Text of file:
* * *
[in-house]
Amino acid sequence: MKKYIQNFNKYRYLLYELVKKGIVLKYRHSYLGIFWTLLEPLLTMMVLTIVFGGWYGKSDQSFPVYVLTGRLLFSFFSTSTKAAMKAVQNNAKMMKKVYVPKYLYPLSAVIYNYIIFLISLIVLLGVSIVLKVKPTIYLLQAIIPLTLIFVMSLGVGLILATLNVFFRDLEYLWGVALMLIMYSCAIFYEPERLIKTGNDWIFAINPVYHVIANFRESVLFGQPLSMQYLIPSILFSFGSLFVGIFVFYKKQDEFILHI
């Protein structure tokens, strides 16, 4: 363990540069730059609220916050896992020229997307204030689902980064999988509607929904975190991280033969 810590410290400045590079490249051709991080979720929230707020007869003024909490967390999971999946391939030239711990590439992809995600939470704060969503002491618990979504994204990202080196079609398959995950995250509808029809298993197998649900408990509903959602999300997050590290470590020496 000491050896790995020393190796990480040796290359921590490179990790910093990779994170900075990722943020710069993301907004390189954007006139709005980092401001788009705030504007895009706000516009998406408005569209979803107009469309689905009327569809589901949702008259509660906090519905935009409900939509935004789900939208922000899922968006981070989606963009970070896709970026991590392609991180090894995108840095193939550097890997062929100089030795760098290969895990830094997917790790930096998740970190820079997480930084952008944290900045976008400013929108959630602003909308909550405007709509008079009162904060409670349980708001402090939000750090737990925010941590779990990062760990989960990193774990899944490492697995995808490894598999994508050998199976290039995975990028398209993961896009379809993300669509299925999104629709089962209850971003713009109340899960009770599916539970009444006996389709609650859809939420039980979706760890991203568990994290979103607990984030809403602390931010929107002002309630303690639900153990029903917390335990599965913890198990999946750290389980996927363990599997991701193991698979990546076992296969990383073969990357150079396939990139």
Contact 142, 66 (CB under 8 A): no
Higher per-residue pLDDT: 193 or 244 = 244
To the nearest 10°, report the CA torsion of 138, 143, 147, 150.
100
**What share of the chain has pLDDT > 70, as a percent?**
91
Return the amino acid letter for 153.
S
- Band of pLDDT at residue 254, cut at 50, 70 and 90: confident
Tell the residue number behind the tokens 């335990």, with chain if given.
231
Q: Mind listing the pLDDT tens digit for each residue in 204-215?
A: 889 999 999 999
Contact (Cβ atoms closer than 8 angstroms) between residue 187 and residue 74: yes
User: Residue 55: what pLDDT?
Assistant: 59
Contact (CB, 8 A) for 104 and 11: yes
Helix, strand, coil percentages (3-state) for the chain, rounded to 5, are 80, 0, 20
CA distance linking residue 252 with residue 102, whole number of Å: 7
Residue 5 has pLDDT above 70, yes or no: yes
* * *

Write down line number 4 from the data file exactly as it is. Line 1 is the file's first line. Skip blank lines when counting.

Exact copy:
Contact 142, 66 (CB under 8 A): no